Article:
Obituary: Sir John Hurt, Elephant Man star who conquered the world of film and TV
PUBLISHED: 07:40 28 January 2017 | UPDATED: 08:21 28 January 2017
Archant Norfolk 2014
JOHN HURT, actor, born January 22, 1940.
Sir John Hurt, the rebel-rousing star of The Elephant Man and Harry Potter’s Mr Ollivander, was one of Britain’s most formidable and successful actors.
The son of a vicar, he played a huge variety of characters, from a mad Roman emperor to a pimp on the road to stardom; a circus freak, to a heroin-addicted prisoner.
Although renowned as a maverick, he was in constant demand for distinguished film work and chose his roles with care.
In the last few years of his life he lived in Norfolk, where he was a well known figure on the arts scene.
He was best-known for his portrayals of the famously misunderstood - the grotesquely deformed John Merrick in The Elephant Man, Stephen Ward, the Profumo affair scapegoat in Scandal, and Quentin Crisp struggling to come to terms with his homosexuality in The Naked Civil Servant.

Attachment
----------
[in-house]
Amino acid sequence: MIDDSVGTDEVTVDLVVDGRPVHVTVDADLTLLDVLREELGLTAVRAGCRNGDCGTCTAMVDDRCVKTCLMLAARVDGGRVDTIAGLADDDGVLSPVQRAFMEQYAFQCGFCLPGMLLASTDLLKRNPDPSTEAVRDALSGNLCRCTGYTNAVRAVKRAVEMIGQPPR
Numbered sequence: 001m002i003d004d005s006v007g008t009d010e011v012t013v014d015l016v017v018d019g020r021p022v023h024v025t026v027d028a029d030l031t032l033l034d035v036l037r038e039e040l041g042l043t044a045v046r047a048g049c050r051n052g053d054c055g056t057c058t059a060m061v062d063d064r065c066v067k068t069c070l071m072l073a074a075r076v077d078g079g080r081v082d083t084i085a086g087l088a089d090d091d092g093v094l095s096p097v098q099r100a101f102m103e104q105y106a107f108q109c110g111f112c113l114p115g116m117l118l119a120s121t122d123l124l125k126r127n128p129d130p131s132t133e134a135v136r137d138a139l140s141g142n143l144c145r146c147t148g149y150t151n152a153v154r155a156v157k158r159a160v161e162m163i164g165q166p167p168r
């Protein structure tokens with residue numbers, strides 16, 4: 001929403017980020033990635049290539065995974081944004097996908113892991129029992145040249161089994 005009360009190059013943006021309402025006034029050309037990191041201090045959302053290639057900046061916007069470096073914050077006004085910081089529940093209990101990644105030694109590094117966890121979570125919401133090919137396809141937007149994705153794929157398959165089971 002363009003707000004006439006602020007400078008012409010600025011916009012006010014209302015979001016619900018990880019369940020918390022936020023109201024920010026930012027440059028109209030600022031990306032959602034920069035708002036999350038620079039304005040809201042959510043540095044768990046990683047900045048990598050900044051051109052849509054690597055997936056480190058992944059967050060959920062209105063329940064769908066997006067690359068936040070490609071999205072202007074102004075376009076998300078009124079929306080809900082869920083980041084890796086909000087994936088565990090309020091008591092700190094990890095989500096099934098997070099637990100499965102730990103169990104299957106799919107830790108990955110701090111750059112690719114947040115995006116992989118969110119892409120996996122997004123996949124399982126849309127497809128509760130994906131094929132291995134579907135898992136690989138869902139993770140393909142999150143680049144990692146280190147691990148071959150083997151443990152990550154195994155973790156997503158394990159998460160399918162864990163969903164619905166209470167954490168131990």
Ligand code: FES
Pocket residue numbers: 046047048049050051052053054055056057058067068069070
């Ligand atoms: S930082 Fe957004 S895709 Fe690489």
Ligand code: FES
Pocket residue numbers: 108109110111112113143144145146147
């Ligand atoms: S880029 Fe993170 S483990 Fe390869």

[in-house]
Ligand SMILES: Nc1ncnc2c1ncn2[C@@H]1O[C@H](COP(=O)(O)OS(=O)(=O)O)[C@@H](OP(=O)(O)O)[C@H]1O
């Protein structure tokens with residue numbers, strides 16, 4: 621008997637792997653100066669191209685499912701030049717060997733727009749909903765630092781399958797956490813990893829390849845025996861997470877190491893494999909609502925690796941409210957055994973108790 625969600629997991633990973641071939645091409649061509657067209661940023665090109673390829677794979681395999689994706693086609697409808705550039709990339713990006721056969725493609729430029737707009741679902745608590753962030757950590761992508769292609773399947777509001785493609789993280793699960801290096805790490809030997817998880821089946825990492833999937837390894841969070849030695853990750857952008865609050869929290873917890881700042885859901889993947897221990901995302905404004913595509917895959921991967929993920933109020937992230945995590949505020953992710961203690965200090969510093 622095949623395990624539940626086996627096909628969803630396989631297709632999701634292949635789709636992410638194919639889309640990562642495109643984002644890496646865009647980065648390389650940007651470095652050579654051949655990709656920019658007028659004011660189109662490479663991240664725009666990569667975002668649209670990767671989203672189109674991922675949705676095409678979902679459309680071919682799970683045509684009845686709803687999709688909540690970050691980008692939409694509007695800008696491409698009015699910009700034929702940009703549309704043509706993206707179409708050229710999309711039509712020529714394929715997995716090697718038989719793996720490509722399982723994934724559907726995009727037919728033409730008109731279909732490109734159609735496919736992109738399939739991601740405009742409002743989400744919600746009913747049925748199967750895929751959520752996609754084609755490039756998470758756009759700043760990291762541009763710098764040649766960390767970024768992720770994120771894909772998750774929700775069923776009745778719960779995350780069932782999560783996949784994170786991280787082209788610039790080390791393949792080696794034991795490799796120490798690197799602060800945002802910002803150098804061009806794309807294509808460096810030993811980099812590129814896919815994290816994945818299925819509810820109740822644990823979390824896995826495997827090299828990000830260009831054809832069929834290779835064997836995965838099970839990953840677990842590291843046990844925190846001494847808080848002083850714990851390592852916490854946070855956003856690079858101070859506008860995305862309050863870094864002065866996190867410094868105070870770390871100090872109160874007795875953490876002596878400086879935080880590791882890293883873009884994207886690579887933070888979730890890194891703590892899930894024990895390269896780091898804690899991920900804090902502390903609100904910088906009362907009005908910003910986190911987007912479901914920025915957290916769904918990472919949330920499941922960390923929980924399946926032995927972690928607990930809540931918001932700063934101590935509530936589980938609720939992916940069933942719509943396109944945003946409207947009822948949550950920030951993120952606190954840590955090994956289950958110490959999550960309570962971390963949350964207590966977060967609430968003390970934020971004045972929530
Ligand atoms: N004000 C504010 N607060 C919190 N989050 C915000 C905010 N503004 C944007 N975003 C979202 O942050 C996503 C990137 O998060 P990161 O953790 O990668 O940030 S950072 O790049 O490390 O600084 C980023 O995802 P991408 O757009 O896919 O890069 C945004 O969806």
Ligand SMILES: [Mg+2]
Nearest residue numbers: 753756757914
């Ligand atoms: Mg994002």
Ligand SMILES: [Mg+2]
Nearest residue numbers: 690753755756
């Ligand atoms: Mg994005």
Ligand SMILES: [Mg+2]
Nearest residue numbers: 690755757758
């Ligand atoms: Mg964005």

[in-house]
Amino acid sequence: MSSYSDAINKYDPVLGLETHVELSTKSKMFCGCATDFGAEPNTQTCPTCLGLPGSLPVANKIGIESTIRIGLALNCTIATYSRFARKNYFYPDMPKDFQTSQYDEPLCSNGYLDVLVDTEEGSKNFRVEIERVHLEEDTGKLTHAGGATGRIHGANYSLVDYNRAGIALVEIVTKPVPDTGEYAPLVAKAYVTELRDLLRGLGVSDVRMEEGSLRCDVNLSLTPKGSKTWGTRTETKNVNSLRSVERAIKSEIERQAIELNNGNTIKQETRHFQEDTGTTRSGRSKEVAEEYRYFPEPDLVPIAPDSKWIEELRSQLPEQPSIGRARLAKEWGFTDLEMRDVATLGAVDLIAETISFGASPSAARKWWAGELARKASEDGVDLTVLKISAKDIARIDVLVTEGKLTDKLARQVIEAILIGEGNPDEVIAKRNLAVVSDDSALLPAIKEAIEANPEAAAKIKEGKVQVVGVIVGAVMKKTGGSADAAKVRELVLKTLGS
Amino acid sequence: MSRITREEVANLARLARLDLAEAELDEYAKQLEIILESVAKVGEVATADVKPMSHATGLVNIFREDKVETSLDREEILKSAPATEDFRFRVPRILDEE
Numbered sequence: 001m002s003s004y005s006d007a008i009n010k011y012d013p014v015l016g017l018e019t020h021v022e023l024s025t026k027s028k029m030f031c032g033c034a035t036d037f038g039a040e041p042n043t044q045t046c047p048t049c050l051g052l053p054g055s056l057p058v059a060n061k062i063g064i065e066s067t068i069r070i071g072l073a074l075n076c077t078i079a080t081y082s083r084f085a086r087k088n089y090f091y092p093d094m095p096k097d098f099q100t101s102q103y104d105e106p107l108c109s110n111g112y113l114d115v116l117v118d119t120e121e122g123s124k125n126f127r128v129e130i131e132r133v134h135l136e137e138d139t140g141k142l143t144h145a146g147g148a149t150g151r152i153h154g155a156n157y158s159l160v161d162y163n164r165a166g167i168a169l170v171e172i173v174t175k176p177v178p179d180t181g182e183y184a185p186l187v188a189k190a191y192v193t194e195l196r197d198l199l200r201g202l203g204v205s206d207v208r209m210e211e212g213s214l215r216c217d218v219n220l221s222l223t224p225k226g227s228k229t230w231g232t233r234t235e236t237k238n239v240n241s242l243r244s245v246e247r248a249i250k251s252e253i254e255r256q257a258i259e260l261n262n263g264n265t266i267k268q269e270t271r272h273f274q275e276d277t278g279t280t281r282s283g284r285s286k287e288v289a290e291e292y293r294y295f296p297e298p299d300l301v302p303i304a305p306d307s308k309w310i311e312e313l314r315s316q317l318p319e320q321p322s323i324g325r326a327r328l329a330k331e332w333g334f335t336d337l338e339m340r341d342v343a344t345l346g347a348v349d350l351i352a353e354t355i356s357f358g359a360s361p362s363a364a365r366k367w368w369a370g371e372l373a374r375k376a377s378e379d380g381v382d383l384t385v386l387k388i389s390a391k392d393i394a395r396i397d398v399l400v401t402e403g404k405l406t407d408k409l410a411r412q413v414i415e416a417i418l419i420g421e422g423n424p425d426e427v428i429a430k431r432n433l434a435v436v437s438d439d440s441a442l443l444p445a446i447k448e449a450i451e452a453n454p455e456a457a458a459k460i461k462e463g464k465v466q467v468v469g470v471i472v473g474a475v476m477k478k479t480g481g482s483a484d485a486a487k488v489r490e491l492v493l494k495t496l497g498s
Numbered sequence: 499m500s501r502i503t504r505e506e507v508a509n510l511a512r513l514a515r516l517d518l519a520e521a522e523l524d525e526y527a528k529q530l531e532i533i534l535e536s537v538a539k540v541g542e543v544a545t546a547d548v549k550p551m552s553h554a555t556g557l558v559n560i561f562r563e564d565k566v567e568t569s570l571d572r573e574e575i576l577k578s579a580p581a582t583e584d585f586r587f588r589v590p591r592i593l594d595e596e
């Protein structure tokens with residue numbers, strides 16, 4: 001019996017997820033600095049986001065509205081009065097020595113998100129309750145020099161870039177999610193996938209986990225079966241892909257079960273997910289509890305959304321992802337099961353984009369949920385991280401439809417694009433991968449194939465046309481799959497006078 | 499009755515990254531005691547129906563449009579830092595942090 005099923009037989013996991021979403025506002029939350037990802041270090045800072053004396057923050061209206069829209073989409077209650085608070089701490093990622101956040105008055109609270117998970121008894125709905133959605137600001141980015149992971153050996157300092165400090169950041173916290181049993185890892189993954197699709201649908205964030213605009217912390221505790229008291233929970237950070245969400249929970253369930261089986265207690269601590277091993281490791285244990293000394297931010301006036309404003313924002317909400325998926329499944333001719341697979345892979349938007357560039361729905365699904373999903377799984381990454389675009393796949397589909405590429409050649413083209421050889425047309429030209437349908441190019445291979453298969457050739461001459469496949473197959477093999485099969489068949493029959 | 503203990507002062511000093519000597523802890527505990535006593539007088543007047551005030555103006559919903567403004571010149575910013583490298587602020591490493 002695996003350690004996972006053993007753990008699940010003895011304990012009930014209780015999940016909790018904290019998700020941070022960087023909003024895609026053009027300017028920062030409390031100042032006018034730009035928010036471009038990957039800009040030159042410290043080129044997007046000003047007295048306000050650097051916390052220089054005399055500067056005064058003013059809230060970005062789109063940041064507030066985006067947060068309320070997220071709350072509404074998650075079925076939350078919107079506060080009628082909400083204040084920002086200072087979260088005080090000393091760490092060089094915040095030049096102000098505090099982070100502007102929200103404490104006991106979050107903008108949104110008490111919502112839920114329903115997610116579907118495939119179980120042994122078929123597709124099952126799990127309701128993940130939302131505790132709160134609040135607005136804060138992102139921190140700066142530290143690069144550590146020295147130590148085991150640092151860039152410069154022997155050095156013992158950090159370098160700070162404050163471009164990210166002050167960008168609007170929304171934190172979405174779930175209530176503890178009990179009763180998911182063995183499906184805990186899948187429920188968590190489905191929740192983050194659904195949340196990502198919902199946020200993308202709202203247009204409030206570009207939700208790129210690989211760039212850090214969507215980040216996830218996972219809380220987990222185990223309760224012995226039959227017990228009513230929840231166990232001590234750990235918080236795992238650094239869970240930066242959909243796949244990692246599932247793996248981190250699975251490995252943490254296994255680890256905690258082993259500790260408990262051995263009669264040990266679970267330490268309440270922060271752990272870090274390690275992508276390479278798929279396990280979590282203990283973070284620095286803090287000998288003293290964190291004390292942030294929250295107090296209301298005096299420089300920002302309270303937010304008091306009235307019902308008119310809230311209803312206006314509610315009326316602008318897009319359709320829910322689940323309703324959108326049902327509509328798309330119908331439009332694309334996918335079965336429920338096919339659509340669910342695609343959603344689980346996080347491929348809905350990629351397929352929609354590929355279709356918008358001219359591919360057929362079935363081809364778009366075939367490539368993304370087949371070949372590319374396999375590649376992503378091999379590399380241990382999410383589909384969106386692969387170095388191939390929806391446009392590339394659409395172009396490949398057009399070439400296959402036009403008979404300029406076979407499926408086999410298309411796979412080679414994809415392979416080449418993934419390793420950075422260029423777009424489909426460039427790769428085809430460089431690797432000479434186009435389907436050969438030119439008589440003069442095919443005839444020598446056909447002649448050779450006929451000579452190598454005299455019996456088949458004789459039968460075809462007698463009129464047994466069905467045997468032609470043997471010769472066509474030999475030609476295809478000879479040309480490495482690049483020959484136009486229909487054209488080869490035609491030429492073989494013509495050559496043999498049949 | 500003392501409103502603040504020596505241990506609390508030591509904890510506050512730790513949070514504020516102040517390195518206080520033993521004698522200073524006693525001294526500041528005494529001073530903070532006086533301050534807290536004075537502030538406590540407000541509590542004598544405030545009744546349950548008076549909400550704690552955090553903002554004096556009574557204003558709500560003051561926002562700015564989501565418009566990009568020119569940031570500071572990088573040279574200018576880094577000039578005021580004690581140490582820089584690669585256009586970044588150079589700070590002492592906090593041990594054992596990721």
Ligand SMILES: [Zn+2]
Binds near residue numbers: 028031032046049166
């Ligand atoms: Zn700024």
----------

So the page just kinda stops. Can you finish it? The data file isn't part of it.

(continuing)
Instinctively, he was able to submerge himself in characters in a chameleon-like way, believing that method acting was for people with no imagination.
But for many years the actor with the hang-dog face, baggy eyes and parchment-coloured skin was almost as famous for his off-screen, hell-raising antics.
He famously blotted his copybook at a Bafta awards ceremony when he hurled himself in a drunken rage at a pack of paparazzi.
The picture of a legendary drinker was often splashed across the newspapers but age mellowed him and he admitted to being happier sitting with his beloved painting easels.
Towards the end of his six decade-long career, he received a string of honours including being knighted by the Queen at Windsor Castle.
John Vincent Hurt was born the youngest of three in Derbyshire on January 22, 1940 and spent what he described as a lonely childhood first at an Anglo-Catholic prep school and later at a boarding school in Lincoln.
His acting aspirations were almost shattered forever by his headmaster’s insistence that he did not stand a chance in the profession.
He left school to go to art college but dropped out, impoverished and living in a dismal basement flat.